Google has introduced us to its latest flavor of Android, which will be known as Android Q until the tech giant picks a dessert starting with the said letter. This is a major update for Android from Google’s perspective as it focuses on refining the Pie experience while laying more focus on user privacy and security.

This time around as well Google has baked a number of feature flags in Android Q to give users access to features that are currently under development. Well, we have been toying around with the flags for a while now and here are all the hidden features we found to be really interesting:

Android Q Hidden Features

Note: We tested out all these features on the Pixel 2, running Android 10 Q Beta 1 (build number QPP1.190205.018.B4)

1. Native Screen Recorder

We’ve been begging Google to give us a screen recording feature for ages, and while the company has worked on in the past, this is the first time you can actually try it out. Yeah, screen recording isn’t enabled by default but Android Q allows you to record your screen simply by flipping the switch on a feature flag in the developer options setting page.

If you want to try out the screen recording feature on your Pixel, you can check out our guide to enable screen recording in Android Q.

2. Seamless Transfer

As compared to Android 9 Pie, Google has now made double the number of feature flags available in Android Q and one of them is the super handy ‘seamless transfer’ feature. It adds a musical note icon to the notification of whatever app is playing music. Tapping on this icon opens up a pop-up at the bottom and lets you switch between audio output sources on the fly.

This feature could be really useful when you’re listening to a track and want to extend a taste of it to your friend as well, so you can switch to the speakers using this feature. It simply requires you to toggle the ‘settings_seamless_transfer’ feature flag in the developer options menu.

3. Force Desktop Mode

Move aside, Samsung DeX. Android is finally getting ready to embrace the PC experience life with Android Q and for the first time introduces an option to switch to a ‘desktop mode’ in the developer settings. This means you may soon be able to turn your phone into a PC and enjoy a wholesome experience – free from the tragedy that’s folding phones.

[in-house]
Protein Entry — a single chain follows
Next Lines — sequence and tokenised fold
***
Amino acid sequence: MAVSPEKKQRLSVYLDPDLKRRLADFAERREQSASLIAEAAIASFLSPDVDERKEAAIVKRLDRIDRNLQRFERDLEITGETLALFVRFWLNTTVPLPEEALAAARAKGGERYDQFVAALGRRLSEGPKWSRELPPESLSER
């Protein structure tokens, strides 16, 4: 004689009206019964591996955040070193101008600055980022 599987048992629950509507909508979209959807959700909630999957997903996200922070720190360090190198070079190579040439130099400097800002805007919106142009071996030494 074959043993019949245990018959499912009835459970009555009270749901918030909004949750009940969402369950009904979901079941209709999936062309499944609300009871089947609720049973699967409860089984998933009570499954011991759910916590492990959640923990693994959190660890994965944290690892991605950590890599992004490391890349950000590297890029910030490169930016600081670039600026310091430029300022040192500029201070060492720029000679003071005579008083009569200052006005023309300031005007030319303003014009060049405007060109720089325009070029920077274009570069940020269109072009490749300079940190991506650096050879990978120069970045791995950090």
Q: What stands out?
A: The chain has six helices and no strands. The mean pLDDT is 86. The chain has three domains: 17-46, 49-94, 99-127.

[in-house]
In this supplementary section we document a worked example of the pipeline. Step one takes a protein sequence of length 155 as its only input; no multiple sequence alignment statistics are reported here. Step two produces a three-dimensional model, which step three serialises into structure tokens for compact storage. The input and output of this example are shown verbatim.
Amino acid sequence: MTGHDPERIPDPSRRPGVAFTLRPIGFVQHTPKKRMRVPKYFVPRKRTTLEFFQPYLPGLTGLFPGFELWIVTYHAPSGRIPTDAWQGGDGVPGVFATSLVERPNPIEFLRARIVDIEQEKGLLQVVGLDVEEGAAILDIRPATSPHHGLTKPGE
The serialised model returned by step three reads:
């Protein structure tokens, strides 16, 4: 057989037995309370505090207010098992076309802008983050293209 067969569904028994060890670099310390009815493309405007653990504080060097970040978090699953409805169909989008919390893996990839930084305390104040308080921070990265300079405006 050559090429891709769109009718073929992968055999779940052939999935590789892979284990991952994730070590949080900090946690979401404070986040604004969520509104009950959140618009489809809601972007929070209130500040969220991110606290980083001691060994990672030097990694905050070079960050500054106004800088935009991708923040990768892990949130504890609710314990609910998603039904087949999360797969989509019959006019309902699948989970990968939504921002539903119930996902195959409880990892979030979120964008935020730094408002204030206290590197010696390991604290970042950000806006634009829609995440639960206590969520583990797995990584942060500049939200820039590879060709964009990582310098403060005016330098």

This is how Android Q’s Desktop Mode looks right now

You will find the ‘force desktop mode’ toggle buried in the developer options, however, it doesn’t work in its current state.

4. Freeform Windows

Android first introduced freeform window mode with Nougat back in 2017. It was hidden away and you need adb to use the feature, but Android Q now has a dedicated developer option to enable the same. It works quite well (on the Pixel 3 XL and not the Pixel 2) but you can currently have ‘only’ a single freeform window open on your homescreen. Opening another freeform window closes the one that’s already open and takes its place.

freeform android q

Freeform windows will be pretty useful in the desktop mode, so if you wanna enable the same – you just need to look for the “Enable freeform windows” option under the ‘Apps’ section in the developer options menu.

5. Dark Mode

One of the most exciting and my favorite features of Android Q is the system-wide dark theme. It’s not enabled by default, nor is there any dedicated option to enable the same in the settings. Any mention of the dark mode has been removed from this Android version because Google wants to boast about on stage at I/O 2019.

dark mode from quick settings android q

However, there are a couple of ways (one really simple and other a little tricky) to enable the dark theme and see how your device would look. And I bet you, it looks awesome but Google still needs to iron out some kinks and streamline their utilisation. We have a dedicated article on how to enable dark mode in Android Q that you can check out.

SEE ALSO: 10 Best Android Q Features

These are Features We’re Really Excited For

While there a bunch of other interesting feature flags available in the developer options setting menu, like safety hub and dynamic homepage, but it’s just the aforementioned ones that we’ve managed to spot and get working. All of these features are pretty cool, which is the reason I would love for Google to work rigorously and flesh them out.

Which of these features are you most excited about? Have you stumbled on any hidden features that you think should be on this list? Let us know in the comments below.